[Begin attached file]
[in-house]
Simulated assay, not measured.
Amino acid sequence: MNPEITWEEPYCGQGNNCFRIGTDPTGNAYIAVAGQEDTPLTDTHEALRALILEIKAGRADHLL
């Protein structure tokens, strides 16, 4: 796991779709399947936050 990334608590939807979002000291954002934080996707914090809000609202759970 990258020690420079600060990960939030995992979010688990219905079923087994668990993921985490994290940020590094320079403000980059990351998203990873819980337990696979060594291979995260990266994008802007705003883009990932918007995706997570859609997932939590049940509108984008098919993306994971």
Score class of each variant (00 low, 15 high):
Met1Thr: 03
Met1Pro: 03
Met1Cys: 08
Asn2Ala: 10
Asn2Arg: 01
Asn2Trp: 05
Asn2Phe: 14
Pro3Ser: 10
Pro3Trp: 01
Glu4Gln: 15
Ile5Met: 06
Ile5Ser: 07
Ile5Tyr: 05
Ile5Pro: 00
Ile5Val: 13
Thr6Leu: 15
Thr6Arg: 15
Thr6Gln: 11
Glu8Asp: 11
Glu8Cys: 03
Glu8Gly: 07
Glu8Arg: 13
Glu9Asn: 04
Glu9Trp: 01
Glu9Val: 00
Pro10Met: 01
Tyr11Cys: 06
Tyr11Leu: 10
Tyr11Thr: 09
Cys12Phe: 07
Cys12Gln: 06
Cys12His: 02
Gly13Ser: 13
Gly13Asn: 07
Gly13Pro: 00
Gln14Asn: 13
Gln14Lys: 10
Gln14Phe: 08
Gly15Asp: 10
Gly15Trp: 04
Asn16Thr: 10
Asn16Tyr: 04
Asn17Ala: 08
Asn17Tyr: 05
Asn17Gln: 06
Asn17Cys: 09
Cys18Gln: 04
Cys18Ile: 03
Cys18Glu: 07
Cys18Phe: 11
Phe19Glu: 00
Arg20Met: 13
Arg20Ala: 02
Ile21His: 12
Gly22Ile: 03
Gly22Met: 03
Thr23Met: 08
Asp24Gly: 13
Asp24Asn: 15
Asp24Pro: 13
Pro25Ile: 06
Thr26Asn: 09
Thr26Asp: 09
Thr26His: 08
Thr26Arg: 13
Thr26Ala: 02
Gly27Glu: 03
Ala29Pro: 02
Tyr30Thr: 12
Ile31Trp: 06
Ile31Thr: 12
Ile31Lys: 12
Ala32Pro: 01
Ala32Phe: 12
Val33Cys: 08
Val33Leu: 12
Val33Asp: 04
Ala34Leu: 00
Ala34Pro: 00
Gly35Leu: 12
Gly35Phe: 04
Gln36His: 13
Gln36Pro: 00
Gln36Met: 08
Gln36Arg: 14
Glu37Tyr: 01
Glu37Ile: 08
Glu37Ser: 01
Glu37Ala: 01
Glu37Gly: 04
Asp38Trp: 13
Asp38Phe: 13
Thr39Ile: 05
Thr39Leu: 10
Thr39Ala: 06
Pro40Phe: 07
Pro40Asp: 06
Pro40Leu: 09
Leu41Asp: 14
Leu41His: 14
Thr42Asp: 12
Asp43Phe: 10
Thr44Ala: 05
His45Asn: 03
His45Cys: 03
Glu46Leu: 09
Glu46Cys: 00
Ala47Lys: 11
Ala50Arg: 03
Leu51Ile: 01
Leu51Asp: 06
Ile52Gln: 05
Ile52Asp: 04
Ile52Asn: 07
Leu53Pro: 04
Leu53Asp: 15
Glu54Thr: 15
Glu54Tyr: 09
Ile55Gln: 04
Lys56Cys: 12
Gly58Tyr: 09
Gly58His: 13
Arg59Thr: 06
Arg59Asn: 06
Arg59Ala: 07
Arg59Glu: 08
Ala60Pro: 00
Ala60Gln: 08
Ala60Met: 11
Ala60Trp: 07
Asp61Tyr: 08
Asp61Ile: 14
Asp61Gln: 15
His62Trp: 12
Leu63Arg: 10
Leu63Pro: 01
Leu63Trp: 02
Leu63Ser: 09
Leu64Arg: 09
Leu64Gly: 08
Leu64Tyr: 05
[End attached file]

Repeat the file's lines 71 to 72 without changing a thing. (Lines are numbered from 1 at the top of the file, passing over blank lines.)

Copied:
Thr26Ala: 02
Gly27Glu: 03